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Archive for January, 2011

The Horror of Rosemary’s Baby (1968)

Monday, January 31st, 2011

The slow-burn thriller Rosemary’s Baby (1968) well-deserves its status in the history of horror cinema. It’s one of the most successful tales of threat ever to be committed to celluloid; with good performances, characters ranging from sympathetic to garish, cleverly-building tension and that ending, it has been often emulated, but never bettered.

It must be a good fourteen or fifteen years since my first viewing, and it continues to make an impact on me when I watch it. However, it isn’t the main premise – that Satan himself has fathered a son, and that the world will never be the same again – that continues to unsettle me. Nope; with some of the holier-than-thou nutjobs we have had and continue to endure in the modern world, I find it hard to believe that ‘Adrian’ would be any worse than the worst of ‘em. The element which I think is the most sinister derives from Rosemary herself. Namely, her maternal instincts, and how they govern her behaviour, to horrific effect.

I should probably elaborate here: I will freely admit that I am ultra-sensitive to the unquestioning status given to unquestioning maternal instinct – to parents, children, and family. Don’t get me wrong: some of my best friends are parents, I’m not advocating a (complete) cessation of the human race, and I understand the joy many folk get from their kids. However, as a woman in her thirties who is electively childless, I’m acutely aware of how society views the noble lifestyle choice of childrearing at the expense of almost anything else, and – let’s make no bones about it – how they view me for rejecting it. Childrearing is supported, lauded and promoted by the common consensus, and for a lot of women, how they come by this laudatory condition is secondary to the thing itself. Once the biological clock starts to tick, rationality (and in may cases, selfhood) goes out of the window. For me, Rosemary’s Baby derives much of its impact from just that, operating as a grotesque enactment of something recognisable. Rosemary’s biological clock is ticking, and regardless of who, how and why, she remains a slave to her biological impulses.

…And she’s prepared to take any treatment coming to her in order to satisfy them. Before she’s aware that her husband has arranged her rape at the hands of a Satanic cult, she’s delighted that he agrees that they can have a baby – despite his mean, often aggressive behaviour beforehand (as he mulls over the Castevets’ proposal, we imagine). Success for himself at the expense of his wife being used as a brood mare for the Devil? Why not, eh! And, when Rosemary wakes up after the hallucinogenic rape sequence, she seems to accept Guy’s explanation that he had sex with her when she was unconscious because he ‘didn’t want to miss baby night’. Hmmm. Smooth, Guy. Rosemary’s a lucky gal, and no mistake.

Of course the Devil fires no blanks, so Rosemary is overjoyed to find herself soon afterwards pregnant, quickly forgetting flashbacks to her rape and the fact that hubby (apparently) knocked her up in a way that was ‘sexy, in a necrophile kind of a way’. Things don’t go smoothly, though. Pregnancy isn’t the warm, glowing experience she was hoping for. She grows sick, painfully thin, and frequently finds herself in a lot of pain. Her attempts to deal with this are thwarted by her neighbours’ insistence that she sees their preferred physician Dr. Sapirstein, a man who encourages her not to worry herself with the finer details of what is happening to her (“Don’t read books, Rosemary”) and is disparaging of the intense physical anguish she is experiencing, assuring her it is all ‘normal’. When Rosemary reaches out to her friends for support, she is hemmed in on all sides by Guy, the Castevets and all the other neighbours involved with her unwitting role (with Guy getting physically aggressive towards the impertinent female friends who offer their help). Only old friend Hutch is able to warn her, before his impertinent helpfulness is disposed of by a hex.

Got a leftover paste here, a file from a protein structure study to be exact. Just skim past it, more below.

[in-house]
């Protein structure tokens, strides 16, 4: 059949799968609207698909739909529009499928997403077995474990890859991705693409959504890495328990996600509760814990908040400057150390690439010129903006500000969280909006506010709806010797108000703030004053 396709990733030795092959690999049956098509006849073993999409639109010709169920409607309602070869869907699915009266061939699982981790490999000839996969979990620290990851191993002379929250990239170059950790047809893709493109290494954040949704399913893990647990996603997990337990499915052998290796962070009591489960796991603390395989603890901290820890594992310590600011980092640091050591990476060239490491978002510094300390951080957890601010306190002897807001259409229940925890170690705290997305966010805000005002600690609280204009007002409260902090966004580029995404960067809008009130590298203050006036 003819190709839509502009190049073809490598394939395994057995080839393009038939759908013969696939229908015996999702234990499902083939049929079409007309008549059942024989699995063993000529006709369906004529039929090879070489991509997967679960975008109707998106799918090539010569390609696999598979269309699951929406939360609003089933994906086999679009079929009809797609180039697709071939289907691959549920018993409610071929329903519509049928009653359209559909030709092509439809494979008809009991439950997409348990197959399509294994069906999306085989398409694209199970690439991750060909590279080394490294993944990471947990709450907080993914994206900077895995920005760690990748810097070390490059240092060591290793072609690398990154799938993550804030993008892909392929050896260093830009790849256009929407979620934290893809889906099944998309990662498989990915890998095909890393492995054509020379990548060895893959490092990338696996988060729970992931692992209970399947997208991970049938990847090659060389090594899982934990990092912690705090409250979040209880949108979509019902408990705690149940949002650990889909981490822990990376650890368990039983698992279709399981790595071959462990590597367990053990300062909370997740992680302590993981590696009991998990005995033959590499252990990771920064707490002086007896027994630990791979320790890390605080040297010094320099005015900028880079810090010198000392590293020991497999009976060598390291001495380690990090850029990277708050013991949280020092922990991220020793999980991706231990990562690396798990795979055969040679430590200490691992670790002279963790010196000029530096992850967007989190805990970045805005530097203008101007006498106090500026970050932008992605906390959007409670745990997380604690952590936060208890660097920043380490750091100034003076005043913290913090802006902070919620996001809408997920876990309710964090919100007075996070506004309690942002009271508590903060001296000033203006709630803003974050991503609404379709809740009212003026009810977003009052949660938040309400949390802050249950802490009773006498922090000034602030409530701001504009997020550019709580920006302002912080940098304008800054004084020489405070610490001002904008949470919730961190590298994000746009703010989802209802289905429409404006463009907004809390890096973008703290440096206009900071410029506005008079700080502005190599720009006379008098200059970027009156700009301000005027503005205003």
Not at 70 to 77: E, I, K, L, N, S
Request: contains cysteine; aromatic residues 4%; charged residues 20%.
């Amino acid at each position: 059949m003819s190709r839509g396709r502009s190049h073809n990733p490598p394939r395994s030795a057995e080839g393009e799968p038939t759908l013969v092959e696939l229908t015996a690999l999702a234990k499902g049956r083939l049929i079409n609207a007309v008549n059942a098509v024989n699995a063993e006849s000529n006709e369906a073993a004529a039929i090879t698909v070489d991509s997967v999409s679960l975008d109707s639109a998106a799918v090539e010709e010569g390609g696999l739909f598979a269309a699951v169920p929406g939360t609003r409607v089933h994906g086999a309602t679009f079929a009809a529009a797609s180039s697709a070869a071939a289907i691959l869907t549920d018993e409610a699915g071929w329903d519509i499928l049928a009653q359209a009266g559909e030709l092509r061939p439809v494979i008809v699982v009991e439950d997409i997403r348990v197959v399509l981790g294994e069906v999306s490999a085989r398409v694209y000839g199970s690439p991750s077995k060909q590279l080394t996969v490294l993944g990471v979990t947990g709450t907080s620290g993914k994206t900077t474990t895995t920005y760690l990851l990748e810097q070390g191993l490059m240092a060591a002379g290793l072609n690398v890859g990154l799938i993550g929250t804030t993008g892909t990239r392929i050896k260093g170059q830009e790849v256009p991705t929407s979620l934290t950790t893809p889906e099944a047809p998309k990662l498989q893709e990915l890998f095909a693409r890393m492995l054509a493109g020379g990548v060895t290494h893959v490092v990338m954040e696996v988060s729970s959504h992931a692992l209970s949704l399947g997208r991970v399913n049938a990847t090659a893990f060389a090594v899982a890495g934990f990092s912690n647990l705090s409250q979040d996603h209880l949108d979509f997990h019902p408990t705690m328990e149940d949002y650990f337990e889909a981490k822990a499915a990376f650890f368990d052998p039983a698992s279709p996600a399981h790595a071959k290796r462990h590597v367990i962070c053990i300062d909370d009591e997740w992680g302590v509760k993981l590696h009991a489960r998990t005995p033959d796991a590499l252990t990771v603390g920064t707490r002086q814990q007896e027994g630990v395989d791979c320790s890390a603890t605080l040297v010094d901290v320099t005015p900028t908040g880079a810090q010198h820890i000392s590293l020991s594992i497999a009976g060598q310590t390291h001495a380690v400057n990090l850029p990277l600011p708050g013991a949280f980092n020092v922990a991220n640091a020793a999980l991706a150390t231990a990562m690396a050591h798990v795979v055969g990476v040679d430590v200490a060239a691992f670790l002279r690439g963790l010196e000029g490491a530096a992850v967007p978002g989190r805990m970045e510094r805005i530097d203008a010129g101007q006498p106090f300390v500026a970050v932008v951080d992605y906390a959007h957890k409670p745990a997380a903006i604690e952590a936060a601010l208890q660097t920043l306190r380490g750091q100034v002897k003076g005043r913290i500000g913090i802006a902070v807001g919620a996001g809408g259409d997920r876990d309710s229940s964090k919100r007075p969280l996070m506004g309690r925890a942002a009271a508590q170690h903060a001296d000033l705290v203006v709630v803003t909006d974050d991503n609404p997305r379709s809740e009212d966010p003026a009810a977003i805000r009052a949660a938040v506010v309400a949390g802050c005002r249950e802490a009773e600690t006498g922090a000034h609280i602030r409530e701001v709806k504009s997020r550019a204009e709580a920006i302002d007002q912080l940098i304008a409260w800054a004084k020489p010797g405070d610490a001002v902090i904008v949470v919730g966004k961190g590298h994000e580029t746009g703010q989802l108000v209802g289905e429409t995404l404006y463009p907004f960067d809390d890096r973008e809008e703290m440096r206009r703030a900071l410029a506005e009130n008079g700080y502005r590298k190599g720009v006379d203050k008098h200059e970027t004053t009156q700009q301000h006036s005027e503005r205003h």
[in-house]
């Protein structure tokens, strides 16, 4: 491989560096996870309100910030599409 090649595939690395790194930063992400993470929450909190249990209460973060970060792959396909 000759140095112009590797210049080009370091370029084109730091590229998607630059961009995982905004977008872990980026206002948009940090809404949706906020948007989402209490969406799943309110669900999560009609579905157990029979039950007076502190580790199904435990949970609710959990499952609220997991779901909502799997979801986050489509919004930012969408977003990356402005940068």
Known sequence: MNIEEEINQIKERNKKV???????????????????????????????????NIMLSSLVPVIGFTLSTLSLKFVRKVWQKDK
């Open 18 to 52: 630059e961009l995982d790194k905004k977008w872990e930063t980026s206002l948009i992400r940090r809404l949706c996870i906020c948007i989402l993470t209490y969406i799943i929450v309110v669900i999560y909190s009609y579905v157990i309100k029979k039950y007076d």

As she grows bigger, Rosemary is more and more scrutinised by those around her whose focus is definitely not on her wellbeing. Although she discovers the truth about the Casevets and tries to escape from the cult, she is prevented by her condition: not only is she repeatedly fobbed off by her loved ones but it is a hot, hot summer in New York, and she simply cannot keep herself alert when she finally returns to her preferred doctor, Dr. Hill, where she tries to explain her situation and how paranoid she feels she is being. Hill, of course, betrays her, and the sleeping woman is next kidnapped, taken back to her apartment and tranquilised, so that her friendly neighbours can finally get at their precious cargo…

After which point, Rosemary is kept prisoner – sedated, and (literally) used as a food source by her gaolers. Charming. As she recovers, she begins to quietly rebel against this treatment, storing the medication which is keeping her subdued, and asking questions about the baby’s cries she can hear. Again, of course, she is lied to – so she takes matters into her own hands, arming herself and looking for her husband, his cronies and – her child.